The international intermodal sector was already hit hard the first quarter of 2020 by the disruptions in shipments originating in China that occurred during their initial role in the crisis. Now, China has recovered, but its restored manufacturing capabilities are colliding with collapsing demand here in the U.S. We have forward visibility as the ocean carriers have canceled numerous ship voyages going out well into June. West Coast ports are losing share to the East and Gulf Coast due to changes in the origins of the imports—from China to Southeast Asia for example. This is generally unfavorable for intermodal due to shorter lengths of haul off the East Coast. Through the end of the first quarter, domestic intermodal held up considerably better than international. Even as the pandemic lockdown took hold, shipments of household essentials held up. But it looks as if volume has taken a huge hit in April along with long-haul truck. The outlook is challenging and very much dependent on the course of recovery, which of course is entirely up in the air.
Kuehn: As Larry mentions, international intermodal business has been on a secular decline as the traffic has shifted from the West Coast to the East Coast ports from where much of the inland move is handled by truck due to shorter hauls. Additionally, the COVID-19 pandemic has caused a precipitous drop in inbound containers from China, and is now disrupting the U.S. economy.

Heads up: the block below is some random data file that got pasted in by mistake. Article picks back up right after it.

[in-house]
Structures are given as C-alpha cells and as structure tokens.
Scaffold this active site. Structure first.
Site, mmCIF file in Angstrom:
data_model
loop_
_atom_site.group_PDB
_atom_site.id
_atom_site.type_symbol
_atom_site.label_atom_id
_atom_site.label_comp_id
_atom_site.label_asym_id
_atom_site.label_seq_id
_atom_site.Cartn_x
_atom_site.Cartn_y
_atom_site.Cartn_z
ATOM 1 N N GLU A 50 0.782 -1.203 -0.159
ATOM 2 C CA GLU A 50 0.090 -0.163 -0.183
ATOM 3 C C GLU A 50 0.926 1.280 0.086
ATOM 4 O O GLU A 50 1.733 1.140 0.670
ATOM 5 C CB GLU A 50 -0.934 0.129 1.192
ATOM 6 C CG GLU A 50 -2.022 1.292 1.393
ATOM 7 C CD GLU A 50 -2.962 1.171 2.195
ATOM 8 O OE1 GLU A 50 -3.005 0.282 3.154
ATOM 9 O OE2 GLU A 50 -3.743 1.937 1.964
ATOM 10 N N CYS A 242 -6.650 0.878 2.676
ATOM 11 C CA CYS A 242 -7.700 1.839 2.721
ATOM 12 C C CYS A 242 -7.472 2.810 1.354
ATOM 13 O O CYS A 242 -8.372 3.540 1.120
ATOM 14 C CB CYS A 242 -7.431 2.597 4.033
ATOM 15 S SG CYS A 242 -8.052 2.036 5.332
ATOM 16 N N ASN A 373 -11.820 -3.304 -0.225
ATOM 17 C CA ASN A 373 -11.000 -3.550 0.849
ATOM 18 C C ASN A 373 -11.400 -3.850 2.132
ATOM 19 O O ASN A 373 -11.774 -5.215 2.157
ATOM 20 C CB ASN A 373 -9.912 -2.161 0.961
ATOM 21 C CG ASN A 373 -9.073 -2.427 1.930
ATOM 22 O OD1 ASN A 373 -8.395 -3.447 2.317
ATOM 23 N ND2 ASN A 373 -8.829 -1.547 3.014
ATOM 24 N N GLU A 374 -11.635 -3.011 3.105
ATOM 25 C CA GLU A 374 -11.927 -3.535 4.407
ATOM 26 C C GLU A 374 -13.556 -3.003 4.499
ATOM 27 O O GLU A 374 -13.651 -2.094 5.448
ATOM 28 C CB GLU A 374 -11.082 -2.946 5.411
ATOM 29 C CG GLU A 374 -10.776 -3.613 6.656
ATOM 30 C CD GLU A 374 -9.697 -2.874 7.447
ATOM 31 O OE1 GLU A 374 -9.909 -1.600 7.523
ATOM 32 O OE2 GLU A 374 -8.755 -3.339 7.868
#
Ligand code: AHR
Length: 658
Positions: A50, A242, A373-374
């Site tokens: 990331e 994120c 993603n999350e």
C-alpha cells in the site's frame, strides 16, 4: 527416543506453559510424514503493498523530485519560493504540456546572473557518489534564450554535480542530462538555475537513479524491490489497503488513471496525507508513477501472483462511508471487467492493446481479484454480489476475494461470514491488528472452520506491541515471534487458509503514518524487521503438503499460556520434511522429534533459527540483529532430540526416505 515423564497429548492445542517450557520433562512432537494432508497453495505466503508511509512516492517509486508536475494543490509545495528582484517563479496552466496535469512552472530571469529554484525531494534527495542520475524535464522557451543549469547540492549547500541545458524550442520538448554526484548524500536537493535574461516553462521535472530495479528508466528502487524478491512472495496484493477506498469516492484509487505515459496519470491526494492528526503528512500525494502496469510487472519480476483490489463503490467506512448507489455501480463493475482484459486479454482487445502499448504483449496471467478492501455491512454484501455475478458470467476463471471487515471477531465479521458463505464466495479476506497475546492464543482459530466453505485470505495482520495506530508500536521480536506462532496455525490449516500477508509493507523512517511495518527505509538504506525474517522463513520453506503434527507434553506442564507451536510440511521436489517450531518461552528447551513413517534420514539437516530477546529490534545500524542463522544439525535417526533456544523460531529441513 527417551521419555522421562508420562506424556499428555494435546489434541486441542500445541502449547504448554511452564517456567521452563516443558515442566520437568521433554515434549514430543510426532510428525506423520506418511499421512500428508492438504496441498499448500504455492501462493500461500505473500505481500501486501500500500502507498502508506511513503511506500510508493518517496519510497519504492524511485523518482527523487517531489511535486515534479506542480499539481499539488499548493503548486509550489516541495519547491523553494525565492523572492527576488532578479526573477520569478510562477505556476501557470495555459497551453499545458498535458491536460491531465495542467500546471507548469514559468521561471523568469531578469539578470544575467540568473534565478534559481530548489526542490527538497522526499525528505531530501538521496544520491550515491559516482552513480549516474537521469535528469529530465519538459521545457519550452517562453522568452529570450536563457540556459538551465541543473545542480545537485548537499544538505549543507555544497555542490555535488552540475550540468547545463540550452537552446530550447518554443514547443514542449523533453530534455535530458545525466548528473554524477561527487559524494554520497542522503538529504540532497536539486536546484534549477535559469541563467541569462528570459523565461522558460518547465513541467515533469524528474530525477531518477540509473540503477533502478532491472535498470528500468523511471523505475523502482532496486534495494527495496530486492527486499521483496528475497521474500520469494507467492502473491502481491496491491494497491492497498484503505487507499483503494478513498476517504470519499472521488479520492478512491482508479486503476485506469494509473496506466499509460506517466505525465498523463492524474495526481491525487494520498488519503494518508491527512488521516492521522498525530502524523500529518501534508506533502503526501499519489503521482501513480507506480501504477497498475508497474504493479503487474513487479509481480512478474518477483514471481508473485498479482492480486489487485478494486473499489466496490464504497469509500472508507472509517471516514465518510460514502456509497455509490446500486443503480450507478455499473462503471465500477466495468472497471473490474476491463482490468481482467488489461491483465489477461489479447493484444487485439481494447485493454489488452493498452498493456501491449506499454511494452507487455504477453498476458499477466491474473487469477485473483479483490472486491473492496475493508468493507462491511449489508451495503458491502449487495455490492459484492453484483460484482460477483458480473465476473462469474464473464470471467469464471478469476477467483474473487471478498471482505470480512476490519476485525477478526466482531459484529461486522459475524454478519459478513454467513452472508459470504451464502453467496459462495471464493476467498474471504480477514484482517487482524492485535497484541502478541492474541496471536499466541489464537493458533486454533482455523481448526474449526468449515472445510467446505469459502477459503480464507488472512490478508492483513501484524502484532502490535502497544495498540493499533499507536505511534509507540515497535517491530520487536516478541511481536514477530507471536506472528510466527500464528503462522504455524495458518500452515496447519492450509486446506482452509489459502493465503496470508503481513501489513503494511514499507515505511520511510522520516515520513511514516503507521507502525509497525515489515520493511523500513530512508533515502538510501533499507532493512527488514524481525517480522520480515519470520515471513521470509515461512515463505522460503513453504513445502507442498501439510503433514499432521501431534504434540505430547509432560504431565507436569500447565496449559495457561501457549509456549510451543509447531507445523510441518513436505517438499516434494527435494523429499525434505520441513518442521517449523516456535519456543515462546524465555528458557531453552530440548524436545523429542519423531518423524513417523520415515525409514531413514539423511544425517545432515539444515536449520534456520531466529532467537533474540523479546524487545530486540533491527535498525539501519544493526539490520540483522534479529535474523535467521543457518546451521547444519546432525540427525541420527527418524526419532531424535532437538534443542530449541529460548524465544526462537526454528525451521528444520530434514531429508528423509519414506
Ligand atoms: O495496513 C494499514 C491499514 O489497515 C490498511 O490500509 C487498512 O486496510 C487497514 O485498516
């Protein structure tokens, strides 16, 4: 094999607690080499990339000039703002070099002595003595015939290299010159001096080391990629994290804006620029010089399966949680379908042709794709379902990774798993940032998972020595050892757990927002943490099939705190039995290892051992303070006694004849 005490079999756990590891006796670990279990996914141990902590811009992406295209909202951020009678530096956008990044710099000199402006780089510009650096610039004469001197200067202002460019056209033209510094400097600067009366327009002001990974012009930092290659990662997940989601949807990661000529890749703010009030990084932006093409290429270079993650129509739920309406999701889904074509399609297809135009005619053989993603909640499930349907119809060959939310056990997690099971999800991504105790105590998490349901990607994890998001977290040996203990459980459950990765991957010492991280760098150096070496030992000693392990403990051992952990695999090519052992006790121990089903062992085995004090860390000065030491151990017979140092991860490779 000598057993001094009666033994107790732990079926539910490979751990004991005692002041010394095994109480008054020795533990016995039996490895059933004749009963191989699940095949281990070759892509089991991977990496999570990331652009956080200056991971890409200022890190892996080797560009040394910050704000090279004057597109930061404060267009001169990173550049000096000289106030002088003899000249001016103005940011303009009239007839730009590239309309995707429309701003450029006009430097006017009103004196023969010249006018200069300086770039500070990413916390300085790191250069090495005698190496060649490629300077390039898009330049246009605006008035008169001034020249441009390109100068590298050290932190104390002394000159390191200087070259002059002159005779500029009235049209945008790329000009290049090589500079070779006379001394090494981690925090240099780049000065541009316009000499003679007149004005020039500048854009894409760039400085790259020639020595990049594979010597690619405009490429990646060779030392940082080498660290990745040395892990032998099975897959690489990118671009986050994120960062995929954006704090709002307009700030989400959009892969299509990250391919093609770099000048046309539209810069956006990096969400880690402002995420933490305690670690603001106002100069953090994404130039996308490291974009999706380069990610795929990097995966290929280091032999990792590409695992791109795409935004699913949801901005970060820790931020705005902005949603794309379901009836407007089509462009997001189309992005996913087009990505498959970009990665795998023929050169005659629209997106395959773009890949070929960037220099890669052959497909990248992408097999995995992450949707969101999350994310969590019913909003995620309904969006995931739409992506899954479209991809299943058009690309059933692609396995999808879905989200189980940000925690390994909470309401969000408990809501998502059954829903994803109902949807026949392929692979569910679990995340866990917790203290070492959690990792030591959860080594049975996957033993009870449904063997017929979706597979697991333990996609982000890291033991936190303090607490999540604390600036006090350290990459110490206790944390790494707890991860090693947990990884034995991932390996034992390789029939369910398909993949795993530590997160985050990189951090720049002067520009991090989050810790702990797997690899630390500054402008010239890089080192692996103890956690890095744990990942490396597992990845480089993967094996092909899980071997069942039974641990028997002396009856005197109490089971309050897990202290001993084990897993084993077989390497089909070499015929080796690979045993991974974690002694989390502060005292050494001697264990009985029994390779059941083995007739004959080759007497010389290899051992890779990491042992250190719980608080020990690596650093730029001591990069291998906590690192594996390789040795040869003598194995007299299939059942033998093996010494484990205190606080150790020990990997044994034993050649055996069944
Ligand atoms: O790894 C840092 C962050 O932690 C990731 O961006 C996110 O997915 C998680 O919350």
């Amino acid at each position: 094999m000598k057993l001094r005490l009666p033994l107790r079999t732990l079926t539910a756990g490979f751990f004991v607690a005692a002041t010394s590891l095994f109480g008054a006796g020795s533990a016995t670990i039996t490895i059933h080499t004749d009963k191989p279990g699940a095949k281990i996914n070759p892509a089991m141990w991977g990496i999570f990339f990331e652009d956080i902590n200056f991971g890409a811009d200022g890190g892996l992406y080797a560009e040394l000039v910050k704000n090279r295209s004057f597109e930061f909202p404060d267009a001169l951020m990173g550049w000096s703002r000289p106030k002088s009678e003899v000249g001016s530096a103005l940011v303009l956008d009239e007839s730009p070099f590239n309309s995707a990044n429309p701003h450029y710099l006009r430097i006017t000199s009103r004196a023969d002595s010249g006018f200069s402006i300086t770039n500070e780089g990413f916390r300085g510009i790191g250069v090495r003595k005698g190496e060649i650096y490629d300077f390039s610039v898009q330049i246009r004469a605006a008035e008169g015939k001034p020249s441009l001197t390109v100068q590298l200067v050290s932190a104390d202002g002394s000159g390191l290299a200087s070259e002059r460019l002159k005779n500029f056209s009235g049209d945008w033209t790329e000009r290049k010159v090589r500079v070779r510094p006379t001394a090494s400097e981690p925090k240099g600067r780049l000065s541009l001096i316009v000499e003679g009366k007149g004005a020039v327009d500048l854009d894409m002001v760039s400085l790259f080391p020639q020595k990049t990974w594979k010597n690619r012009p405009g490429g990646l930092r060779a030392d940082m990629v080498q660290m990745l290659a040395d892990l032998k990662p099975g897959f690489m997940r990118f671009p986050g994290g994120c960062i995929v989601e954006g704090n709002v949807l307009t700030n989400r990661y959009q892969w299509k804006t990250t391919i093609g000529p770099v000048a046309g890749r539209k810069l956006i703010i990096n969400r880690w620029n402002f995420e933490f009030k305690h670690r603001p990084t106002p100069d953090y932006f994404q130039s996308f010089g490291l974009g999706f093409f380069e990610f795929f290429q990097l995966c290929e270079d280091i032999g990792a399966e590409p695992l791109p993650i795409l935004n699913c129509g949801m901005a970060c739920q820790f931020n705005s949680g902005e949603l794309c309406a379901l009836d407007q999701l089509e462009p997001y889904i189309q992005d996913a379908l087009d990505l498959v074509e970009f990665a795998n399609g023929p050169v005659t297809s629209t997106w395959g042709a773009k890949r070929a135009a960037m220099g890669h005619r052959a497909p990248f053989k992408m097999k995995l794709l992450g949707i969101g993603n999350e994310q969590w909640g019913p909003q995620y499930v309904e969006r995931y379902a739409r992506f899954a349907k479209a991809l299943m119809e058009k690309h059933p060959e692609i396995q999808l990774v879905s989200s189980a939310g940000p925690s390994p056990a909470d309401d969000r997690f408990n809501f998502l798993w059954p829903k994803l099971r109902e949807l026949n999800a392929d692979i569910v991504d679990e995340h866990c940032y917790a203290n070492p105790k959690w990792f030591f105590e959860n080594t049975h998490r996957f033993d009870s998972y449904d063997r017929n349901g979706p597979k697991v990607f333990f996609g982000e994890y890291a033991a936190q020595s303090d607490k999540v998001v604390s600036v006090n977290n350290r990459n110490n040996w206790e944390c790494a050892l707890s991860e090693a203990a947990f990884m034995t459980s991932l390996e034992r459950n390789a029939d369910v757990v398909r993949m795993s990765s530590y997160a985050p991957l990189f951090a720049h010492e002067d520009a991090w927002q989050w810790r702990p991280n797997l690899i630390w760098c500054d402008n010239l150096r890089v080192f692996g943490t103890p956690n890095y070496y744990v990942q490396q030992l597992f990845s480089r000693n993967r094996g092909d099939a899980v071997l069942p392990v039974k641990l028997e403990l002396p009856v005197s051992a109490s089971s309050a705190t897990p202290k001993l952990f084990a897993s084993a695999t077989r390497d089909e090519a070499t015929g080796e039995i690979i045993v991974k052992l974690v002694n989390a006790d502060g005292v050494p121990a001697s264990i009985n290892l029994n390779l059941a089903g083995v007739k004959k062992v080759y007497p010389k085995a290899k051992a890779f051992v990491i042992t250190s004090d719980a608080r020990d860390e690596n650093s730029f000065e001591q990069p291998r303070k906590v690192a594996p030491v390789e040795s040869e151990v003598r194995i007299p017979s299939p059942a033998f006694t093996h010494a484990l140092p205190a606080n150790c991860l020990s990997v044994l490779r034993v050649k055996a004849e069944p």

During economic uncertainty and supply chain disruption, shippers must make rapid network and supplier adjustments. Trucks offer a more flexible and faster transit solution as well as greater transparency, creating a short-term disadvantage for rail intermodal. While rail service is at all-time highs, truck pricing has become aggressive because of the demand drop, steep declines in fuel costs, and an abundance of drivers.
However, intermodal will continue to be a growth opportunity for railroads. The speed and size of the recovery in this sector will depend a lot on truck and driver supply and fuel prices. An increase in bankruptcies could be a tailwind for resetting the supply/demand balance driving a faster recovery.
LM: How do you view the current service levels compared to this time a year ago?
Gross: Based on both STB data and industry reports, the railroads are supplying excellent intermodal service right now. Speeds are substantially higher than both prior year and the five-year average almost across the board. This is likely the combined result of both PSR initiatives and substantially reduced volume running across the network.
The intermodal trains are running faster because there are fewer other trains out there to interrupt their progress. What’s not clear is just how much of the improvement is due to PSR and how much is simply an effect of lower volume. This will only become clear as business returns.